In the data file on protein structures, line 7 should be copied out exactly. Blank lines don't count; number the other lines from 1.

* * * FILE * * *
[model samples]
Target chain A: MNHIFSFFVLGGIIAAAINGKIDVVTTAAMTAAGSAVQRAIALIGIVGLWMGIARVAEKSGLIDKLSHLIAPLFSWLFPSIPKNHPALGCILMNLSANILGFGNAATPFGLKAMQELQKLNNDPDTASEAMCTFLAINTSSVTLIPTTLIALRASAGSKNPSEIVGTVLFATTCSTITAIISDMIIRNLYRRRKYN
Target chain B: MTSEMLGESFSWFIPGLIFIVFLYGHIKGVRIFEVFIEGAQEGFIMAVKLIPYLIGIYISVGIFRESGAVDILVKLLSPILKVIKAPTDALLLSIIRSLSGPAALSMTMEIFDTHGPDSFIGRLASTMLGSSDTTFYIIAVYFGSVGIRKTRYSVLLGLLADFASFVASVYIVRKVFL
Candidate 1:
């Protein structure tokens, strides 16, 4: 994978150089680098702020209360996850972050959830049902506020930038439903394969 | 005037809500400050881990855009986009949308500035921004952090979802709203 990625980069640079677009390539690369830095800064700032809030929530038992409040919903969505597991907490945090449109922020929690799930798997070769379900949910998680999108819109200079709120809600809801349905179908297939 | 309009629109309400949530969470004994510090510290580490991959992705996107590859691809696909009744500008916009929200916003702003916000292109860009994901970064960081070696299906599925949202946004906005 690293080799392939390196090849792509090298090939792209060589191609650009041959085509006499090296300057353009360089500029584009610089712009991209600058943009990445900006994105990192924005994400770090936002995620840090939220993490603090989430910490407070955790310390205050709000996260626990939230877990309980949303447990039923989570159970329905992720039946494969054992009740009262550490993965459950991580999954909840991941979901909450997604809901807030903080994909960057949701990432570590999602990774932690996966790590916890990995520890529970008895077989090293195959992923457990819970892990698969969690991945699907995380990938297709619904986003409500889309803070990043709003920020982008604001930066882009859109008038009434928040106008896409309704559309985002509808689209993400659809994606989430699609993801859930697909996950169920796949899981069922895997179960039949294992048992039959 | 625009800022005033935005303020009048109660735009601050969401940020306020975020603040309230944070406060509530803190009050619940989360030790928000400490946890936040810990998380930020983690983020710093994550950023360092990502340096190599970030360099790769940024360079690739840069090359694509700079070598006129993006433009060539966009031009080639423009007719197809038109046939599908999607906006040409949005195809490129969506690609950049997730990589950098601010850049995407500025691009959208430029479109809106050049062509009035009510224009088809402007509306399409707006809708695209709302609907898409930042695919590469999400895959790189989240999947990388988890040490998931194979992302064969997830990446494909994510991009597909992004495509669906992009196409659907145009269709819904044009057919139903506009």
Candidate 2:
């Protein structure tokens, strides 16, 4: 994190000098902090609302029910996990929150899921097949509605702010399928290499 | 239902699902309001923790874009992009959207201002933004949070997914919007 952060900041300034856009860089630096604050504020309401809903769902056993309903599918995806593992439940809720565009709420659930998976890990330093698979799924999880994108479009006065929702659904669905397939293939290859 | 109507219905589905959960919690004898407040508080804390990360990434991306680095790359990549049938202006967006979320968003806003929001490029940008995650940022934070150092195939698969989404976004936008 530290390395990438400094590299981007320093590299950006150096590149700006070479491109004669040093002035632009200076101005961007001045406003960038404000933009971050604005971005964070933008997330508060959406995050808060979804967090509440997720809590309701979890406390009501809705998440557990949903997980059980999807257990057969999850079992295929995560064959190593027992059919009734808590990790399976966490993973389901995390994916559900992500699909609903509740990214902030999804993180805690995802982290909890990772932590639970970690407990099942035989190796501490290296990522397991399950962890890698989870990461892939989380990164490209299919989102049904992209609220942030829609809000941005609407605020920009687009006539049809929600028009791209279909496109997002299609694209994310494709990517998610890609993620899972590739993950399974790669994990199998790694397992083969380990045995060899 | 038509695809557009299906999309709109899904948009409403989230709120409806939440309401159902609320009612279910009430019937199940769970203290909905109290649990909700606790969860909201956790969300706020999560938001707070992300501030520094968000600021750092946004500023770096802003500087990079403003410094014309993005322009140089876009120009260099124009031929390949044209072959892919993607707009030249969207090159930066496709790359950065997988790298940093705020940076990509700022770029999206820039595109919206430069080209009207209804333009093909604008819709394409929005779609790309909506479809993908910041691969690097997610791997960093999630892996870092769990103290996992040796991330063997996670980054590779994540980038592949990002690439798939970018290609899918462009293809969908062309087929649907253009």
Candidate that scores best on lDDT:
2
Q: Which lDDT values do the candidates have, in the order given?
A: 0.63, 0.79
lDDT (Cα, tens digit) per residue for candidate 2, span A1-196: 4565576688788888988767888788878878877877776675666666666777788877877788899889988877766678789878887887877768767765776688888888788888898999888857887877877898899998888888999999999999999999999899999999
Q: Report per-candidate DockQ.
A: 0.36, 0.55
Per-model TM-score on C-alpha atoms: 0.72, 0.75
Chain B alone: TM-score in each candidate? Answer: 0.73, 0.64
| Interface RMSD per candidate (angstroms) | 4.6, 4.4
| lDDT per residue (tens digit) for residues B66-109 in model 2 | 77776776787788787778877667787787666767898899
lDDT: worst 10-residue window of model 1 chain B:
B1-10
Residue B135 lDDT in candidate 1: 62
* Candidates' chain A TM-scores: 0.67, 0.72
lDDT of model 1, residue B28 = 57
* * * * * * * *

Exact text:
């Protein structure tokens, strides 16, 4: 994190000098902090609302029910996990929150899921097949509605702010399928290499 | 239902699902309001923790874009992009959207201002933004949070997914919007 952060900041300034856009860089630096604050504020309401809903769902056993309903599918995806593992439940809720565009709420659930998976890990330093698979799924999880994108479009006065929702659904669905397939293939290859 | 109507219905589905959960919690004898407040508080804390990360990434991306680095790359990549049938202006967006979320968003806003929001490029940008995650940022934070150092195939698969989404976004936008 530290390395990438400094590299981007320093590299950006150096590149700006070479491109004669040093002035632009200076101005961007001045406003960038404000933009971050604005971005964070933008997330508060959406995050808060979804967090509440997720809590309701979890406390009501809705998440557990949903997980059980999807257990057969999850079992295929995560064959190593027992059919009734808590990790399976966490993973389901995390994916559900992500699909609903509740990214902030999804993180805690995802982290909890990772932590639970970690407990099942035989190796501490290296990522397991399950962890890698989870990461892939989380990164490209299919989102049904992209609220942030829609809000941005609407605020920009687009006539049809929600028009791209279909496109997002299609694209994310494709990517998610890609993620899972590739993950399974790669994990199998790694397992083969380990045995060899 | 038509695809557009299906999309709109899904948009409403989230709120409806939440309401159902609320009612279910009430019937199940769970203290909905109290649990909700606790969860909201956790969300706020999560938001707070992300501030520094968000600021750092946004500023770096802003500087990079403003410094014309993005322009140089876009120009260099124009031929390949044209072959892919993607707009030249969207090159930066496709790359950065997988790298940093705020940076990509700022770029999206820039595109919206430069080209009207209804333009093909604008819709394409929005779609790309909506479809993908910041691969690097997610791997960093999630892996870092769990103290996992040796991330063997996670980054590779994540980038592949990002690439798939970018290609899918462009293809969908062309087929649907253009």